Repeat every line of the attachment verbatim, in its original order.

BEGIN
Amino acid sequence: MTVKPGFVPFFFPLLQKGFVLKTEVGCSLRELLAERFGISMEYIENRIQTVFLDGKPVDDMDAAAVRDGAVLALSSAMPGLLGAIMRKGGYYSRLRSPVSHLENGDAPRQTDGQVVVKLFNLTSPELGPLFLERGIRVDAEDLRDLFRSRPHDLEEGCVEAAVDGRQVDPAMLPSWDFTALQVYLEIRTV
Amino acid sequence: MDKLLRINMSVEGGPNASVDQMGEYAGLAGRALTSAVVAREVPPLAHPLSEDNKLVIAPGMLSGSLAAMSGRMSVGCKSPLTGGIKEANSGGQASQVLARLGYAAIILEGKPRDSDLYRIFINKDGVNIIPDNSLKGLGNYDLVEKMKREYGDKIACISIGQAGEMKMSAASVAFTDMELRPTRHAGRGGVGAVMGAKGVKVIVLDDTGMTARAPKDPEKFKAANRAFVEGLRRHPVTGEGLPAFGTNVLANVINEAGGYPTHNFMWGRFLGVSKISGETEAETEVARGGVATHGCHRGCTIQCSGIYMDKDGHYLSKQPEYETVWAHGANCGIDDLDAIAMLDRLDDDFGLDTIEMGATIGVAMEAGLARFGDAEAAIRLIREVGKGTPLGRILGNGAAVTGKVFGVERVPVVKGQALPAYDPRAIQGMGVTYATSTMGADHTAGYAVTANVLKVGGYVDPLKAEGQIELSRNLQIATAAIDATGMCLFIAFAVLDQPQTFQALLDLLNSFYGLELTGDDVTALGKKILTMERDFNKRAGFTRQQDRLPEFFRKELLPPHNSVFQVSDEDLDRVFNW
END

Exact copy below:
Amino acid sequence: MTVKPGFVPFFFPLLQKGFVLKTEVGCSLRELLAERFGISMEYIENRIQTVFLDGKPVDDMDAAAVRDGAVLALSSAMPGLLGAIMRKGGYYSRLRSPVSHLENGDAPRQTDGQVVVKLFNLTSPELGPLFLERGIRVDAEDLRDLFRSRPHDLEEGCVEAAVDGRQVDPAMLPSWDFTALQVYLEIRTV
Amino acid sequence: MDKLLRINMSVEGGPNASVDQMGEYAGLAGRALTSAVVAREVPPLAHPLSEDNKLVIAPGMLSGSLAAMSGRMSVGCKSPLTGGIKEANSGGQASQVLARLGYAAIILEGKPRDSDLYRIFINKDGVNIIPDNSLKGLGNYDLVEKMKREYGDKIACISIGQAGEMKMSAASVAFTDMELRPTRHAGRGGVGAVMGAKGVKVIVLDDTGMTARAPKDPEKFKAANRAFVEGLRRHPVTGEGLPAFGTNVLANVINEAGGYPTHNFMWGRFLGVSKISGETEAETEVARGGVATHGCHRGCTIQCSGIYMDKDGHYLSKQPEYETVWAHGANCGIDDLDAIAMLDRLDDDFGLDTIEMGATIGVAMEAGLARFGDAEAAIRLIREVGKGTPLGRILGNGAAVTGKVFGVERVPVVKGQALPAYDPRAIQGMGVTYATSTMGADHTAGYAVTANVLKVGGYVDPLKAEGQIELSRNLQIATAAIDATGMCLFIAFAVLDQPQTFQALLDLLNSFYGLELTGDDVTALGKKILTMERDFNKRAGFTRQQDRLPEFFRKELLPPHNSVFQVSDEDLDRVFNW